FACT: Women report a loss of physical sexual sensation after hysterectomy.

FACT: A woman's vagina is shortened, scarred and dislocated by hysterectomy.

FACT: Hysterectomy's damage is life-long. Among its most common consequences, in addition to operative injuries are:

  • heart disease
  • loss of sexual desire, arousal, sensation
  • weight gain
  • osteoporosis
  • bone, joint and muscle pain and immobility
  • painful intercourse, vaginal damage
  • displacement of bladder, bowel, and other pelvic organs
  • urinary tract infections, frequency, incontinence
  • chronic constipation and digestive disorders
  • debilitating fatigue
  • loss of stamina
  • altered body odor
  • loss of short-term memory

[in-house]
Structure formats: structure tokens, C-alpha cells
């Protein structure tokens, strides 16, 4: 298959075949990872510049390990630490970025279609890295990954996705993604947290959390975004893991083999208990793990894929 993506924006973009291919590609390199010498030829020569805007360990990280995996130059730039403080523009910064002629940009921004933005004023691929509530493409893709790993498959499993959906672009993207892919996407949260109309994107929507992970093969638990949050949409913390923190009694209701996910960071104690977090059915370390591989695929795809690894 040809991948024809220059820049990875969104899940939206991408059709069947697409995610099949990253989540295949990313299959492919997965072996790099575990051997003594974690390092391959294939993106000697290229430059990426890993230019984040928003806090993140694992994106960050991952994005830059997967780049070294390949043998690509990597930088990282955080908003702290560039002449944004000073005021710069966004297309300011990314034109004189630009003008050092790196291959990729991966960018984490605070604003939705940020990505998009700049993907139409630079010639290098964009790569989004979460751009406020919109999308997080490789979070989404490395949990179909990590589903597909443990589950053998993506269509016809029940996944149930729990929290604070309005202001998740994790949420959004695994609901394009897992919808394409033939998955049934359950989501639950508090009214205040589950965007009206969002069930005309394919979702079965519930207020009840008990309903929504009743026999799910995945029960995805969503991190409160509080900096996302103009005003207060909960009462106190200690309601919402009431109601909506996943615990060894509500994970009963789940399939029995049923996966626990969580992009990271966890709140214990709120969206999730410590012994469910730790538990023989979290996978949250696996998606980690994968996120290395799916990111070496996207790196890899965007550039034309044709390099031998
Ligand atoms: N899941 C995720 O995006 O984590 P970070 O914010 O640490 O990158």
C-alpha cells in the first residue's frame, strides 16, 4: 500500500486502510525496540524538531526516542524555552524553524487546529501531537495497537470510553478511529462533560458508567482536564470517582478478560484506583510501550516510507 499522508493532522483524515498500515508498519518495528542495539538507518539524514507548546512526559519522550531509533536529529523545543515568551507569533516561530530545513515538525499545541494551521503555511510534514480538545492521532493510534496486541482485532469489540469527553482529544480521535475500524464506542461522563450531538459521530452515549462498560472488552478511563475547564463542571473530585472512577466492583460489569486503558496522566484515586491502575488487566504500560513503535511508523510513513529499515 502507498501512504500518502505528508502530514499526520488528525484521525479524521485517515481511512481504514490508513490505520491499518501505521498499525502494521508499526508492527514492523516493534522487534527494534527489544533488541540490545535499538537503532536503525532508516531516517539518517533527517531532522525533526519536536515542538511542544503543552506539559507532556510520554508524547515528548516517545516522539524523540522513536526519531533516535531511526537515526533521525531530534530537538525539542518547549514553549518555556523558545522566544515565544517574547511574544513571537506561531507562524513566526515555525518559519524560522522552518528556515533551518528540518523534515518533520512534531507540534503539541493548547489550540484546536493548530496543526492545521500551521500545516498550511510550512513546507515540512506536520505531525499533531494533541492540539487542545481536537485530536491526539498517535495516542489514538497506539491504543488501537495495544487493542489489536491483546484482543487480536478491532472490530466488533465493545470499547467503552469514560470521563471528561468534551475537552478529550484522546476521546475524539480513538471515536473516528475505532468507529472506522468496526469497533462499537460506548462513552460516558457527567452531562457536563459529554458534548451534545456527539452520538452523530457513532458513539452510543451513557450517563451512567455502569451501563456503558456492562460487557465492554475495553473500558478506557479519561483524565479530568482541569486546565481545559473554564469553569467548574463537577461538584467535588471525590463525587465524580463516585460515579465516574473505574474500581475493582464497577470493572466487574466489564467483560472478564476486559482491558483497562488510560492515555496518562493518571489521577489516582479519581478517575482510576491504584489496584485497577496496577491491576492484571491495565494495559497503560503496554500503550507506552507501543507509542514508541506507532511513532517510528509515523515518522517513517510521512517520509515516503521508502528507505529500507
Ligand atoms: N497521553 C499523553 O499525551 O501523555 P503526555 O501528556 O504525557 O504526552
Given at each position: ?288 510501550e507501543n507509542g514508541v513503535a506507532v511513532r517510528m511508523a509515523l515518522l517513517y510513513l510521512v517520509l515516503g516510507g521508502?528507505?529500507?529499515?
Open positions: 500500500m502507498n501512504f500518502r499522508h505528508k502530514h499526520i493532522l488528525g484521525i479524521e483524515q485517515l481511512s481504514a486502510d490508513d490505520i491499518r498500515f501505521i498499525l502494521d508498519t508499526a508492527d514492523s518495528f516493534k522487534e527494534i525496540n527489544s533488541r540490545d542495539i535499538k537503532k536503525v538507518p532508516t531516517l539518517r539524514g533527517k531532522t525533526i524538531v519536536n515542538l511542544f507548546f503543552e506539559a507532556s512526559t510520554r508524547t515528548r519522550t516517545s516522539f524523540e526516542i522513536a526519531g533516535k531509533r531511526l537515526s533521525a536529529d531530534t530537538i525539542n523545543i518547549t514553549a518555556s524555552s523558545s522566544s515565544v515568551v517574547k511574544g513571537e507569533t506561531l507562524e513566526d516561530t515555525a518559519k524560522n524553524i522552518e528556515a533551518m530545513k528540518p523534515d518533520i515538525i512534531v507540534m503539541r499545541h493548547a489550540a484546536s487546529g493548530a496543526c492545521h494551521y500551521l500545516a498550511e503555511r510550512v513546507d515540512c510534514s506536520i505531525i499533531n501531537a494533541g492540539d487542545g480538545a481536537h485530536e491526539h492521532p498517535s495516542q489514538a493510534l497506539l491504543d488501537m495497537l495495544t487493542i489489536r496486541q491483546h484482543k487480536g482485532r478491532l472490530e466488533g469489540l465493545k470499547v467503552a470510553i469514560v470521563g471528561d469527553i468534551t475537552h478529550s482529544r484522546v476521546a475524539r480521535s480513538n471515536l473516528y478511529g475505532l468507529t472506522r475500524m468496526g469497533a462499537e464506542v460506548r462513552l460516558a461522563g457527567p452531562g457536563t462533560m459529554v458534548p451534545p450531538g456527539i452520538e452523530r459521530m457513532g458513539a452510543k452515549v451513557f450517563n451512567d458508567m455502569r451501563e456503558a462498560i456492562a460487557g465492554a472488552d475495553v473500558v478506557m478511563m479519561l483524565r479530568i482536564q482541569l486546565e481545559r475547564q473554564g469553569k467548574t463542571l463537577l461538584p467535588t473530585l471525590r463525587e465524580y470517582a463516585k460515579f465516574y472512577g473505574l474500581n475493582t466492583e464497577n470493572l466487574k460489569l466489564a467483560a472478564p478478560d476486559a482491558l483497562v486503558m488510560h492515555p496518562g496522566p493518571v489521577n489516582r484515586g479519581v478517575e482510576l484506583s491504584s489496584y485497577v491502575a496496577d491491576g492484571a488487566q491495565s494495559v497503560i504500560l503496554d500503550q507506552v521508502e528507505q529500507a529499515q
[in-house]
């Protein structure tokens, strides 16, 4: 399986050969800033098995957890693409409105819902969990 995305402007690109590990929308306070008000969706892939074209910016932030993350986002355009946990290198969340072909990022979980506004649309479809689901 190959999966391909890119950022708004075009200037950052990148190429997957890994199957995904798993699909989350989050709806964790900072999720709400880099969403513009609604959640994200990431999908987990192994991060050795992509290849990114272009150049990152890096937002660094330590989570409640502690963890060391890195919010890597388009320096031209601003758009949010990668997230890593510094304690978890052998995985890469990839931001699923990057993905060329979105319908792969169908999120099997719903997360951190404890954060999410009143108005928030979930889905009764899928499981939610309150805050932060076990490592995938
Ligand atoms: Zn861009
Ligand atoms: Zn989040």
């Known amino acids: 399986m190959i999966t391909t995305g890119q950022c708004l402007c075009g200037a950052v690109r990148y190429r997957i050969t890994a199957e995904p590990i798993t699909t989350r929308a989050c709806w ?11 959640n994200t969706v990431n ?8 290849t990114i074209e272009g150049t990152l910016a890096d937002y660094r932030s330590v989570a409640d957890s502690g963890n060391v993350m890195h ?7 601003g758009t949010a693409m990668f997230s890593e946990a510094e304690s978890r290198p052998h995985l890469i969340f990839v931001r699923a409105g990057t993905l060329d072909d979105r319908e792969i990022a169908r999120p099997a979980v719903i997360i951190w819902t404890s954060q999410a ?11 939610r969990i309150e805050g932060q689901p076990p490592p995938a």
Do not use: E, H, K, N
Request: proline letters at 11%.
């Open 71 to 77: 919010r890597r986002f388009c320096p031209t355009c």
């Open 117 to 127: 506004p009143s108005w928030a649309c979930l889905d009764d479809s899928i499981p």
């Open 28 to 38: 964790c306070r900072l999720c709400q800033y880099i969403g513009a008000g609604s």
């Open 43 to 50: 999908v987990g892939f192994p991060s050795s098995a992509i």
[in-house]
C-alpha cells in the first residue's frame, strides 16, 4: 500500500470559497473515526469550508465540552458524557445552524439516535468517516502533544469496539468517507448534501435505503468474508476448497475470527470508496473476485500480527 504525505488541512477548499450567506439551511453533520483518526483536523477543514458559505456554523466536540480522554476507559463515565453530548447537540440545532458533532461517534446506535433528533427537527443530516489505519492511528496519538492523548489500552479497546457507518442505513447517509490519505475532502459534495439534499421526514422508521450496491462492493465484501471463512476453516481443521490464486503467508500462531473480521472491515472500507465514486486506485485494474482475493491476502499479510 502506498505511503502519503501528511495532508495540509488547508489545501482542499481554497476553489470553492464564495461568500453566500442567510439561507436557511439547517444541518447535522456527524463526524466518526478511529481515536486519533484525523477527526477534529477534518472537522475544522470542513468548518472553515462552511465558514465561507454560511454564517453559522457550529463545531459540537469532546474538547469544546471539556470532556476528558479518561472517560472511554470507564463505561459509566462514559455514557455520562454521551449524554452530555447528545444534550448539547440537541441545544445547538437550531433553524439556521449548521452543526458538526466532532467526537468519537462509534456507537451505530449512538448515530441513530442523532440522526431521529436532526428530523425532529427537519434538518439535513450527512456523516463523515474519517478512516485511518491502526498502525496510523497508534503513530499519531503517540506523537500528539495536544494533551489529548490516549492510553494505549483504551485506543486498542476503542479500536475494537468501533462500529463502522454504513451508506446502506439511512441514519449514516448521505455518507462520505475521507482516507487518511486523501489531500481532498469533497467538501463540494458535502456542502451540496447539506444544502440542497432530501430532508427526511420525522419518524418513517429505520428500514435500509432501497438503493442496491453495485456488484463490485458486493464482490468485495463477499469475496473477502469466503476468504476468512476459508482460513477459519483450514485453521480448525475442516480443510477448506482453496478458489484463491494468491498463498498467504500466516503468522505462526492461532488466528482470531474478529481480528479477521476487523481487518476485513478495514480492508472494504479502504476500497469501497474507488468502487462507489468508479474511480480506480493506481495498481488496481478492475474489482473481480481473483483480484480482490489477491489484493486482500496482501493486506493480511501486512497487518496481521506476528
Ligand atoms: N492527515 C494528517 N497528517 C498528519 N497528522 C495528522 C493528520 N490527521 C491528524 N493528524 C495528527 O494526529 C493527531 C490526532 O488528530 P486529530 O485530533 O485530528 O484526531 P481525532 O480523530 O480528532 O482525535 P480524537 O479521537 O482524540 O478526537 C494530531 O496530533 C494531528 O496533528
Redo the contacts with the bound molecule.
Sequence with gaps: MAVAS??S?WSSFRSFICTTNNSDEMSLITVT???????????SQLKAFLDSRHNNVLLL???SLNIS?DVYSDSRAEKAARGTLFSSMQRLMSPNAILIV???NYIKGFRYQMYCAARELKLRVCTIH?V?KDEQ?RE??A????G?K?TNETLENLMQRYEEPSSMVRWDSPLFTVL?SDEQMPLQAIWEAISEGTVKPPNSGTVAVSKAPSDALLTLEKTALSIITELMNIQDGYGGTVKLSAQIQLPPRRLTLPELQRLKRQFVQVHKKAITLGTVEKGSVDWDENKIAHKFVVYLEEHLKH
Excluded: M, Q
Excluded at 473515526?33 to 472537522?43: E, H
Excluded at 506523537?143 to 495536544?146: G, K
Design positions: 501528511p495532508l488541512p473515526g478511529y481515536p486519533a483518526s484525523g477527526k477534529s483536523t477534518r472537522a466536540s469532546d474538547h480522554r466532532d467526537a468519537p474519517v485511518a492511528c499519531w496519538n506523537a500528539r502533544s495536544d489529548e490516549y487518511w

• blunting of emotions, personality changes, despondency, irritability, anger, reclusiveness and suicidal thinking

FACT: No drugs or other treatments can replace ovarian or uterine hormones or functions. The loss is permanent.

FACT:
The medical term for the removal of the ovaries is castration. 73% of women are castrated during hysterectomy.

FACT
: The uterus and ovaries function throughout life in women who have not been hysterectomized or castrated.

FACT: 98% of women HERS has referred to board-certified gynecologists after being told they needed hysterectomies, discovered that, in fact, they did not need hysterectomies.

FACT:
Gynecologists, hospitals and drug companies make more than $17B dollars a year from the business of hysterectomy and castration.

HERS is the only independent, international organization dedicated to the issue of hysterectomy. HERS advocates for fully informed medical decisions by women.

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